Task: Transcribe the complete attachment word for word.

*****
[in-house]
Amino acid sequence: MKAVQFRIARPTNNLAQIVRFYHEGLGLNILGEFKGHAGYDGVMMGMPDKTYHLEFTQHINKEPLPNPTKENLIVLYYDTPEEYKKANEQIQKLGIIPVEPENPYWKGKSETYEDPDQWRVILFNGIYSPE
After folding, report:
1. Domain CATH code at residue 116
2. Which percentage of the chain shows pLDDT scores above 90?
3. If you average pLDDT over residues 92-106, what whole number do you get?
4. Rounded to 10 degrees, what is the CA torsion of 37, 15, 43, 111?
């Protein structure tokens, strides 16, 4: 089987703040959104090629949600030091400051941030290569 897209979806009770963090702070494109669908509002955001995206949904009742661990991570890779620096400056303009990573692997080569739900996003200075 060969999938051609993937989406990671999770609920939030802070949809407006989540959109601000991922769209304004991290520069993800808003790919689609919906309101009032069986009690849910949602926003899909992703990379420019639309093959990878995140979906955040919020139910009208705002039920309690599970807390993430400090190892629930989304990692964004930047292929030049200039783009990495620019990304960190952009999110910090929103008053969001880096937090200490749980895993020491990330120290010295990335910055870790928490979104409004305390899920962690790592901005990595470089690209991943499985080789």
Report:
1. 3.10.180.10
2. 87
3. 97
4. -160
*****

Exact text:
[in-house]
Amino acid sequence: MKAVQFRIARPTNNLAQIVRFYHEGLGLNILGEFKGHAGYDGVMMGMPDKTYHLEFTQHINKEPLPNPTKENLIVLYYDTPEEYKKANEQIQKLGIIPVEPENPYWKGKSETYEDPDQWRVILFNGIYSPE
After folding, report:
1. Domain CATH code at residue 116
2. Which percentage of the chain shows pLDDT scores above 90?
3. If you average pLDDT over residues 92-106, what whole number do you get?
4. Rounded to 10 degrees, what is the CA torsion of 37, 15, 43, 111?
């Protein structure tokens, strides 16, 4: 089987703040959104090629949600030091400051941030290569 897209979806009770963090702070494109669908509002955001995206949904009742661990991570890779620096400056303009990573692997080569739900996003200075 060969999938051609993937989406990671999770609920939030802070949809407006989540959109601000991922769209304004991290520069993800808003790919689609919906309101009032069986009690849910949602926003899909992703990379420019639309093959990878995140979906955040919020139910009208705002039920309690599970807390993430400090190892629930989304990692964004930047292929030049200039783009990495620019990304960190952009999110910090929103008053969001880096937090200490749980895993020491990330120290010295990335910055870790928490979104409004305390899920962690790592901005990595470089690209991943499985080789």
Report:
1. 3.10.180.10
2. 87
3. 97
4. -160